The staff of A List Apart presents their biweekly recommended-reading list, chock-full of goodies about progressive enhancement, lettershapes, hamburger menus, and our favorite moving picture (at least until the next cat-squeezed-into-a-tiny-box gif). Read more
15 years ago this month, a plucky ALA staffer wrote “Much Ado About 5K,” an article on a contest created by Stewart Butterfield that challenged web designers and developers to build a complete website using less than 5K of images and code. As one group of modern web makers embraces mobile-first design and performance budgets, while another (the majority) worships at the altar of bigger, fatter, and slower, the 5K contest reminds us that a byte saved is a follower earned.
We talk a lot about having empathy for our users, but what about having empathy for each other? Susan Robertson describes how, as a developer, she practices empathy with her teammates.
Susan, I really appreciate your article. Timeless for certain, but it comes at a time when my group is working to build bridges, improve workflow and explore ways to make our work-life better overall.
The idea of consciously considering, not only the goal of the other disciplines, but the tools, is really important. Understanding what it takes to do _________________ gives me the opportunity to listen with smarter ears when questions come my way.
I think change is especially hard where group-think or process or even plain ol’ laziness is the norm. Change can be slow, but so long as small changes are occurring, it’s progress!
Communicating what the change is, why it is important and how it will affect each person is vital. Buy-in speeds progress.
Great article, thanks!
If you were too buried in work this week to read the internet, don’t worry: the staff of A List Apart read it for you. Catch up with this week’s On Our Radar, featuring our new favorite Instagram account, Mozilla’s latest mission, Twitter bots, and more.
Video game designers start with the story. What would our work look like if we did too? Steph Hay advocates for a content-first approach to design and walks through how to start prototyping your content.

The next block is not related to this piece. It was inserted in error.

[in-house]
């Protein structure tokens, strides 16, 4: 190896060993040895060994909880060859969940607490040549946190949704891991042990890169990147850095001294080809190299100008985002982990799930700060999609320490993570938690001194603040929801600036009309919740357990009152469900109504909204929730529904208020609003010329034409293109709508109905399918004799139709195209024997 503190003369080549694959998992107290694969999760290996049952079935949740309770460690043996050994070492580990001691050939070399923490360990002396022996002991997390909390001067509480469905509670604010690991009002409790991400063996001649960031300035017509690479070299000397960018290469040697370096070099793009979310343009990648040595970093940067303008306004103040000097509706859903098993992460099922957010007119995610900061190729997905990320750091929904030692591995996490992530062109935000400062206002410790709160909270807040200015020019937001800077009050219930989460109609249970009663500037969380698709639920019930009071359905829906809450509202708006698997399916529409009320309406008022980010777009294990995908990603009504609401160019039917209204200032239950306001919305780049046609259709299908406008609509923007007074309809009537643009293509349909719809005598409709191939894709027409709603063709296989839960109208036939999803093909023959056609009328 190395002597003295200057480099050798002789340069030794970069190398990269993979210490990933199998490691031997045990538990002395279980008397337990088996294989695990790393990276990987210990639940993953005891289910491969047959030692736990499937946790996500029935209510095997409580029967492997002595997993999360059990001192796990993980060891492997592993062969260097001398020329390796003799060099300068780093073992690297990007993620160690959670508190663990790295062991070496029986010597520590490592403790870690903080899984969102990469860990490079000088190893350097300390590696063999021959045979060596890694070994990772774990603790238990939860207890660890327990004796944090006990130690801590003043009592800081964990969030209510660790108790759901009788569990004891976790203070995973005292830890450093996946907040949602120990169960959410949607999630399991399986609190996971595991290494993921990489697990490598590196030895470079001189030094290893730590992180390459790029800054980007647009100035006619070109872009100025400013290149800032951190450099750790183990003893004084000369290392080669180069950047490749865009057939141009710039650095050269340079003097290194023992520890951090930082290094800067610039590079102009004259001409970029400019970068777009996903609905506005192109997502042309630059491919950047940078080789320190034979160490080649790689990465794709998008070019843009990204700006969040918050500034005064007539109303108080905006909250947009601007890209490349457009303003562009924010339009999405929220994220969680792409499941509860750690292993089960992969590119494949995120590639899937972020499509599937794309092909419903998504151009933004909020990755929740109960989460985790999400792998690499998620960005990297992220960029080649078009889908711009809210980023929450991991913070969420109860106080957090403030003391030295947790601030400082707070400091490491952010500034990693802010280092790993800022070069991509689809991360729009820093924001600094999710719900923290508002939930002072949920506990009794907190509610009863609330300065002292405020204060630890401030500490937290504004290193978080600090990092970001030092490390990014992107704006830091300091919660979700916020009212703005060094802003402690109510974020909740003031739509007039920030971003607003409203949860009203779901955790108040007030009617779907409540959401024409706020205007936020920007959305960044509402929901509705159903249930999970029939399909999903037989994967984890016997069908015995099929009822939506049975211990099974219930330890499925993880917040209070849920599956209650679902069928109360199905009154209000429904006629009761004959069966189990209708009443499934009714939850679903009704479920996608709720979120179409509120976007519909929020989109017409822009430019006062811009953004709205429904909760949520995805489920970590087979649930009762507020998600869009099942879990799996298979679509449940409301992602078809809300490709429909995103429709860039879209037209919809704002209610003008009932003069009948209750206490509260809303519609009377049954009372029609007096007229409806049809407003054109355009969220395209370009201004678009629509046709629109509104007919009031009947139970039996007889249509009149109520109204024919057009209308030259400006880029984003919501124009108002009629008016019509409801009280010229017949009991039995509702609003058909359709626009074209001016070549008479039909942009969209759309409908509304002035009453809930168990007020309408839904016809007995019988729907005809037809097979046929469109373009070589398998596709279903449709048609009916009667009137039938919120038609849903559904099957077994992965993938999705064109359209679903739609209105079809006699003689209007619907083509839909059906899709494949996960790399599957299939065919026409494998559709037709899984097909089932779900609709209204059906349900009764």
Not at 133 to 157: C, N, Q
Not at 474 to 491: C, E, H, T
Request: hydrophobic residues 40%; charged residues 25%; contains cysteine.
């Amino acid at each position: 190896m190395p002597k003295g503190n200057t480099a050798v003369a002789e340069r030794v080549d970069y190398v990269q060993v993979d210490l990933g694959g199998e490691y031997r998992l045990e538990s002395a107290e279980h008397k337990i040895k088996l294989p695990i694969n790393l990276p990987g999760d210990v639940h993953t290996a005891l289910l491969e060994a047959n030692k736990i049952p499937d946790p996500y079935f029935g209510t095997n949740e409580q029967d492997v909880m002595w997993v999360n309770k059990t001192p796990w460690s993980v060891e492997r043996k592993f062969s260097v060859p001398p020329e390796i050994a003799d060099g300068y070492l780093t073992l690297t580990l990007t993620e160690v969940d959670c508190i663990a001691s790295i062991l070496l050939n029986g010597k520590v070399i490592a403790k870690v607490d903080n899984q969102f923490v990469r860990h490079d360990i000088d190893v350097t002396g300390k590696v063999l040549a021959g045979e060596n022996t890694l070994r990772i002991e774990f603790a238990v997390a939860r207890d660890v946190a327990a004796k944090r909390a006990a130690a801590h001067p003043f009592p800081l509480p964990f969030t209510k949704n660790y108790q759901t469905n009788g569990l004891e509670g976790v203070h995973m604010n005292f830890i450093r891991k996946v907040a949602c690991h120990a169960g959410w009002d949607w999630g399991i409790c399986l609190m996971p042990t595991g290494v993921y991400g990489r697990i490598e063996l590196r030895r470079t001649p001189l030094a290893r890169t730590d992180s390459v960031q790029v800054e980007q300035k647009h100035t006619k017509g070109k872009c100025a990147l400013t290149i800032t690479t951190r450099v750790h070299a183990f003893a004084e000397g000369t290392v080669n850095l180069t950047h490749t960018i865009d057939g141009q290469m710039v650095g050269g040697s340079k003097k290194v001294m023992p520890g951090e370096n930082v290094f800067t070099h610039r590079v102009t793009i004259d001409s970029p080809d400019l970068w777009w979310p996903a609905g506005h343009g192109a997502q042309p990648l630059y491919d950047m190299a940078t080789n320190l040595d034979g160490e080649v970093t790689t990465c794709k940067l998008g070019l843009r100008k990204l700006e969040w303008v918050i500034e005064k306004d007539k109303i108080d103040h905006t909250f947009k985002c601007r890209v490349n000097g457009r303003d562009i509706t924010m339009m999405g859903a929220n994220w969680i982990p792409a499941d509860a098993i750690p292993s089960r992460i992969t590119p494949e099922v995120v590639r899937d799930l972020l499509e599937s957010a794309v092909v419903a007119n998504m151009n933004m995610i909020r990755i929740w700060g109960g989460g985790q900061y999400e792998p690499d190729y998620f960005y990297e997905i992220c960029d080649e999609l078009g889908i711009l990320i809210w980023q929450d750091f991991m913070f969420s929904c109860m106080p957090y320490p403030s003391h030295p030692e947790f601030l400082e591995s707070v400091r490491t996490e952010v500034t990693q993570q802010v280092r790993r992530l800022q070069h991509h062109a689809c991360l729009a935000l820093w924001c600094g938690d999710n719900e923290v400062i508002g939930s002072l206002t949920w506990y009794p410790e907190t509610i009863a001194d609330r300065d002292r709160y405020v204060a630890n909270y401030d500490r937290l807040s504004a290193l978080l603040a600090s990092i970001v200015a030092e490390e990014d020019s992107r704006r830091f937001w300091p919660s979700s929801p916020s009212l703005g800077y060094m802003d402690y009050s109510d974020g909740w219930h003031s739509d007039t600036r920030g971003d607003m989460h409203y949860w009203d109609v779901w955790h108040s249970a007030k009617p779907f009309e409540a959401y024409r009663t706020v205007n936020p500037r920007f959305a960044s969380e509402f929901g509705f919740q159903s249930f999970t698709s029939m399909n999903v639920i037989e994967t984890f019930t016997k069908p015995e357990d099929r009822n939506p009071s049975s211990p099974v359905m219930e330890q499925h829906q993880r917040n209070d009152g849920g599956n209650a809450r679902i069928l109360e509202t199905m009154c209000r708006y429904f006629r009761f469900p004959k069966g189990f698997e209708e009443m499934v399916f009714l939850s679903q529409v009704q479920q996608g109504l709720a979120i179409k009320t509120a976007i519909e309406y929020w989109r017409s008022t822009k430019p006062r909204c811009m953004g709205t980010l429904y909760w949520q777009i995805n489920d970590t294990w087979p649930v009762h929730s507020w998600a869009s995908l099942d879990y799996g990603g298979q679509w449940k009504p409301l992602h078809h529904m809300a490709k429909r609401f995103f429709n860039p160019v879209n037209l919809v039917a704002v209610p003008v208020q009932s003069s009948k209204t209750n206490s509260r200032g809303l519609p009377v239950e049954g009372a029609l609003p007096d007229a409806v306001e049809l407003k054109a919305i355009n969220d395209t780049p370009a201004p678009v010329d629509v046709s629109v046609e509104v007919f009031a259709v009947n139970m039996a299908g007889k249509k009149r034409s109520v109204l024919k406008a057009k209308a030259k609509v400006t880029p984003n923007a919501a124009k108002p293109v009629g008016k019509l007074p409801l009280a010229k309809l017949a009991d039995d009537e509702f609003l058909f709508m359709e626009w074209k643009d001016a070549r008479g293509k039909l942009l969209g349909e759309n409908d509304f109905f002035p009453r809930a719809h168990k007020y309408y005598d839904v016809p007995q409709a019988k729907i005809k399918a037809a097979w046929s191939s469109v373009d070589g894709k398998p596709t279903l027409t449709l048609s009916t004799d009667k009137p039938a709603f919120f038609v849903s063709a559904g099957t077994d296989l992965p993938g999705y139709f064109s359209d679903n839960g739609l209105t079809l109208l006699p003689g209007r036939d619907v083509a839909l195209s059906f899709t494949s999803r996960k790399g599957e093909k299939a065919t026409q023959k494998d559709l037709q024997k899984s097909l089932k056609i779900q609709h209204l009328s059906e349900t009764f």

When it comes to new devices, context is everything. Smartphones and tablets gained popularity because they were useful in situations where our laptops weren't. Will smartwatches do the same? Anthony Colangelo looks at the context of these new devices and how they might reach their full potential.
Accepting the “ebb and flow of things” is as challenging today as it was 15 years ago. Susan Robertson explores what it means to accept our lack of control on the web and shares how she acknowledges this in her work—from the CSS she writes, to the conversations she has with team members.
To preprocess or not to preprocess? ALA: On Air will cover just that—live on May 6. Featuring Rachel Andrew, Lyza Danger Gardner, Jeff Lembeck, and Susan Robertson, “Sass Talk” will discuss when, how, and whether to use Sass, taskrunners, and other tools.
Kids these days. When they're not on our lawn, they're using the web in some pretty unique ways. Debra Levin Gelman encourages us to take their needs into account and offers a fresh new method to help us design social tools for kids ages 8–12.
Does the internet ever stop you in your tracks? Does it sometimes make you pause and think about what you’re doing? Andrew Grimes calls such moments meta-moments. He walks us through why meta-moments are occasionally necessary and how we might build them into the experiences we design.
Experience management systems are making it easier than ever to customize content for your visitors—but are you using your newfound personalizing powers for good (or for creepy)? Colin Eagan shows that personalization can be done, thoughtfully, using the same tools you would apply to any content strategy conundrum: by asking why, being deliberate, and putting users first.
For some, Facebook’s Instant Articles is a sign that the traditional web stack is incapable of giving users a first-class reading experience. But the sluggish performance of the web isn’t due to an inherent flaw in the technology. That particular problem originates between the seat and the keyboard, where builders make choices that bloat their sites. For Mark Llobrera, Instant Articles is a sign that we need to prioritize performance like we actually mean it.
Being your own boss is awesome. You’re the sovereign of your fate—and with that autonomy comes responsibility for making your business thrive. Your time management skills are more important than ever as you continue to get your to-dos checked off. The thing is… if you get an unexpected call from a friend, can you get away from that tyrannical boss of yours to do something unplanned? Are you able to schedule time with friends or family without feeling that you’re falling behind on work? If you can’t afford to take time to strengthen your connections with others, you’re at risk of being the monarch (and the serf) of an impoverished kingdom, indeed.